University of Oxford

File(s) not publicly available

E05223: The pilgrim Egeria, in her Itinerary, describes her visit to Edessa (Mesopotamia), where she prayed at the tomb of *Thomas the Apostle (S00199), containing his 'entire body', read from his writings, and also visited other martyr shrines (martyria) in the city. Written in Latin during Egeria's journey to the East, probably in 381-384.

online resource
posted on 2018-03-19, 00:00 authored by robert
Egeria, Itinerary 17.1 and 19.2-4

17.1 Item in nomine Dei, transacto aliquanto tempore, cum iam tres anni pleni essent, a quo in Ierusolimam uenisse, uisis etiam omnibus locis sanctis, ad quos orationis gratia me tenderam, et ideo iam reuertendi ad patriam animus esset: uolui, iubente Deo, ut et ad Mesopotamiam Syriae accedere ad uisendos sanctos monachos, qui ibi plurimi et tam eximiae uitae esse dicebantur, ut uix referri possit; nec non etiam et gratia orationis ad martyrium sancti Thomae apostoli, ubi corpus illius integrum positum est, id est apud Edessam, quem se illuc missurum, posteaquam in caelis ascendisset, Deus noster Iesus testatus est per epistolam, quam ad Aggarum regem per ananiam cursorem misit, que epistola cum grandi reuerentia apud Edessam ciuitatem, ubi est ipsud martyrium, custoditur.

'17.1 Some time after that, since it was already three full years since my arrival in Jerusalem, and I had seen all the places which were the object of my pilgrimage, I felt that the time had come to return in God's name to my own country. But God also moved me with a desire to go to Syrian Mesopotamia. The holy monks there are said to be numerous and of so indescribably excellent a life that I wanted to pay them a visit; I also wanted to make a pilgrimage to the martyrium of the holy apostle Thomas, where his entire body is buried. It is at Edessa, to which Jesus, our God, was sending Thomas after his ascension into heaven, as he tells us in the letter he sent to King Abgar, by the messenger Ananias. This letter has been most reverently preserved at Edessa where they have this martyrium.'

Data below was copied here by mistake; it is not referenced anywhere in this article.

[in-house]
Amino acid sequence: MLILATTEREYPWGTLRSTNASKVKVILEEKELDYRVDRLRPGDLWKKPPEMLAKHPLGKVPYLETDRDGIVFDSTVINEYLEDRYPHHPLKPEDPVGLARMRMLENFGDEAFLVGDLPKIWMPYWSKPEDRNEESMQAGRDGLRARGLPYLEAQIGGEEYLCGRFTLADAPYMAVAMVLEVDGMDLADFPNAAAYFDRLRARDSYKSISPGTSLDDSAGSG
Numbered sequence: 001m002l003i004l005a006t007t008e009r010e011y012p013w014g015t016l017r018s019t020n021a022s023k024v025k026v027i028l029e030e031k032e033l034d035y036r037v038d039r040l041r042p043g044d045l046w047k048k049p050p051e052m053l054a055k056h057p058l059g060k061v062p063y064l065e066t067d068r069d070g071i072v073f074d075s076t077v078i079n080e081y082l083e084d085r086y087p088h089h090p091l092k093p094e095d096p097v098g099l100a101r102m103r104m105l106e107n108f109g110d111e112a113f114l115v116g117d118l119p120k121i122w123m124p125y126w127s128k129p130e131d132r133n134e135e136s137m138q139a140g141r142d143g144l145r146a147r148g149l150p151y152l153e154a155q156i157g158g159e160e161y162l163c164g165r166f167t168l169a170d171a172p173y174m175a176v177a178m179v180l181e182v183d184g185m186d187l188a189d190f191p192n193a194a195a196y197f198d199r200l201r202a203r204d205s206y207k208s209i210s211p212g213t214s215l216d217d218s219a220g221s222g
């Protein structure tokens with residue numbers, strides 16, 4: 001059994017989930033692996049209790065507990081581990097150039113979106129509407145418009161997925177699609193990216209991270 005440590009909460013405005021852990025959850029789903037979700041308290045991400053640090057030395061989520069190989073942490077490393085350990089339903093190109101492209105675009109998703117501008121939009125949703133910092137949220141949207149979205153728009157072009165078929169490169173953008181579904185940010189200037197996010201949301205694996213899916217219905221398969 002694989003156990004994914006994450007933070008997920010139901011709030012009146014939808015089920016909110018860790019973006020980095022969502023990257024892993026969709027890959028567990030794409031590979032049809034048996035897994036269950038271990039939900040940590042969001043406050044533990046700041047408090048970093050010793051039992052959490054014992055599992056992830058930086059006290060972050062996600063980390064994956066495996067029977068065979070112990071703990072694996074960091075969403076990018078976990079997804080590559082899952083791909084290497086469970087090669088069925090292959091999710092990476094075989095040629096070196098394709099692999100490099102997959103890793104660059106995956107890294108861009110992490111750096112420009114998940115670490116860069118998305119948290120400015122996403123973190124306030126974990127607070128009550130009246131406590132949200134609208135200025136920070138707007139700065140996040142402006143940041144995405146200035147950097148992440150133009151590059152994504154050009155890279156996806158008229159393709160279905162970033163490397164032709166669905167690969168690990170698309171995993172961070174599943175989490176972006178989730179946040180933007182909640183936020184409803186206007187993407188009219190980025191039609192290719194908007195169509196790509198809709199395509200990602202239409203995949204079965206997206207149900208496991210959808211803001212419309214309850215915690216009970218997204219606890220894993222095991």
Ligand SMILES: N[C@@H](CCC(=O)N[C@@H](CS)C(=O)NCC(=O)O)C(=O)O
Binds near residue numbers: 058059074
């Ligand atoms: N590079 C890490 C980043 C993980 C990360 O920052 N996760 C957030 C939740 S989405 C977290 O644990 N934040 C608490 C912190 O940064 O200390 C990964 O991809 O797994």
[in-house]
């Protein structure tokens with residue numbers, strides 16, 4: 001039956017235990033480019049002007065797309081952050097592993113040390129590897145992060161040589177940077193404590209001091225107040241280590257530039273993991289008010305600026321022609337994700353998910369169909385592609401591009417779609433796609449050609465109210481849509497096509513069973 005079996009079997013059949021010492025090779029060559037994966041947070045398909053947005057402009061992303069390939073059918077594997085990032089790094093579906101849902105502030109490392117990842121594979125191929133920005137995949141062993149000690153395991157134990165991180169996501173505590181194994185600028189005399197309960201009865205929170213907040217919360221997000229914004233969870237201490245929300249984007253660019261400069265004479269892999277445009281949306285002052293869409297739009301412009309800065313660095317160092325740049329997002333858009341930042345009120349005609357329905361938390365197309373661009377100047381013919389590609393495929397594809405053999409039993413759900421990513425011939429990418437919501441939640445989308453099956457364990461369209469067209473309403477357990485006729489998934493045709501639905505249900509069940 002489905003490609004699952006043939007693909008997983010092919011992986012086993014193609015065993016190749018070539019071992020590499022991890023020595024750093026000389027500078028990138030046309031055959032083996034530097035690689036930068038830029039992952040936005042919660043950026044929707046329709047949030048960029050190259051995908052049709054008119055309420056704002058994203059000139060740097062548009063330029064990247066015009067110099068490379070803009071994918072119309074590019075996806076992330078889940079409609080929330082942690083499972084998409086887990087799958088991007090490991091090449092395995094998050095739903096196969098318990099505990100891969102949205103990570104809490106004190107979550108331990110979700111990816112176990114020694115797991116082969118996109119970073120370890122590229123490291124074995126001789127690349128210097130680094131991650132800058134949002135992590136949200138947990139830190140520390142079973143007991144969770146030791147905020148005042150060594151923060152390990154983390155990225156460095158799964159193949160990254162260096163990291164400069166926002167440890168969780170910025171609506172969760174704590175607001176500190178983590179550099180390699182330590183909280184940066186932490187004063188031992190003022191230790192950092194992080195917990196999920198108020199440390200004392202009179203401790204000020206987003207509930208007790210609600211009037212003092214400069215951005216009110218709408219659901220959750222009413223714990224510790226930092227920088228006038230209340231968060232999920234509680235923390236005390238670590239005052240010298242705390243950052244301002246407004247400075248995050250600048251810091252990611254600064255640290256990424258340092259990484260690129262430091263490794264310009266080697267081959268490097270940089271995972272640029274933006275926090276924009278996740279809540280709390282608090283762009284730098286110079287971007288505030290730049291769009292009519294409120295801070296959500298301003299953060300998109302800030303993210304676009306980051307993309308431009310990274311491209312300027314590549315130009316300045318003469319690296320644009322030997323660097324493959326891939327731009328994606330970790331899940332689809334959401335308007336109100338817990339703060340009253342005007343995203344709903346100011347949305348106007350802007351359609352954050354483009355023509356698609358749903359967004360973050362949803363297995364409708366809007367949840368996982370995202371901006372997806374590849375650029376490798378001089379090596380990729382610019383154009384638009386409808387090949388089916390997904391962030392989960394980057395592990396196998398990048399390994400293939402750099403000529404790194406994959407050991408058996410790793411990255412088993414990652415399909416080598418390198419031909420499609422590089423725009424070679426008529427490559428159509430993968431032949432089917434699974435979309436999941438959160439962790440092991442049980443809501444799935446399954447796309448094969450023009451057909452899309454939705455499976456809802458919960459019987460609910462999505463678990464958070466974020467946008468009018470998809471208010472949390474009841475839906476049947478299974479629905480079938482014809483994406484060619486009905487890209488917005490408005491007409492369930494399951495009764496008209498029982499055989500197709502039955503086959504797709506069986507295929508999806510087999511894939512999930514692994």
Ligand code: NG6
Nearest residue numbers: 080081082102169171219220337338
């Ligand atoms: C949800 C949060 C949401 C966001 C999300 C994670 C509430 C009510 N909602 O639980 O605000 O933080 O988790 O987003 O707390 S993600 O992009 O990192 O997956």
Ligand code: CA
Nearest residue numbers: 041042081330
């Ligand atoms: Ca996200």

Egeria eventually reaches Batanis, and proceeds to Edessa:

19.2 Vnde denuo proficiscens, peruenimus in nomine Christi dei nostri Edessam. Vbi cum peruenissemus, statim perreximus ad ecclesiam et ad martyrium sancti thomae. Itaque ergo iuxta consuetudinem factis orationibus et cetera, quae consuetudo erat fieri in locis sanctis, nec non etiam et aliquanta ipsius sancti Thomae ibi legimus. (3) Ecclesia autem, ibi que est, ingens et ualde pulchra et noua dispositione, ut uere digna est esse domus Dei; et quoniam multa erant, quae ibi desiderabam uidere, necesse me fuit ibi statiua triduana facere. (4) Ac sic ergo uidi in eadem ciuitate martyria plurima nec non et sanctos monachos, commanentes alios per martyria, alios longius de ciuitate in secretioribus locis habentes monasteria.

'19.2 From there we set out again, and came, in the name of Christ our God, to Edessa. As soon as we arrived, we went straight to the church and martyrium of holy Thomas; there we had our usual prayers and everything which was our custom in holy places. And we read also from the writings of the holy Thomas himself. (3) The church there is large and very beautiful, and built in the new way - so it is truly worthy to be a house of God. There was so much I wanted to see that I had to stay there three days. (4) And so I saw in this city a great many martyria and visited the holy monks, some of whom lived among the martyria, whilst others had their cells further away from the city where it was more secluded.'

There follows the story of King Abgar and the letter of Christ, and a detailed account of Egeria's visit to sites associated with the king.

Text: Franceschini and Weber 1965, 58-60. Translation: Wilkinson 1971, 113-115. lightly modified.


Evidence ID


Saint Name

Thomas, the Apostle : S00199 Martyrs, unnamed or name lost : S00060

Saint Name in Source


Type of Evidence

Literary - Pilgrim accounts and itineraries


  • Latin

Evidence not before


Evidence not after


Activity not before


Activity not after


Place of Evidence - Region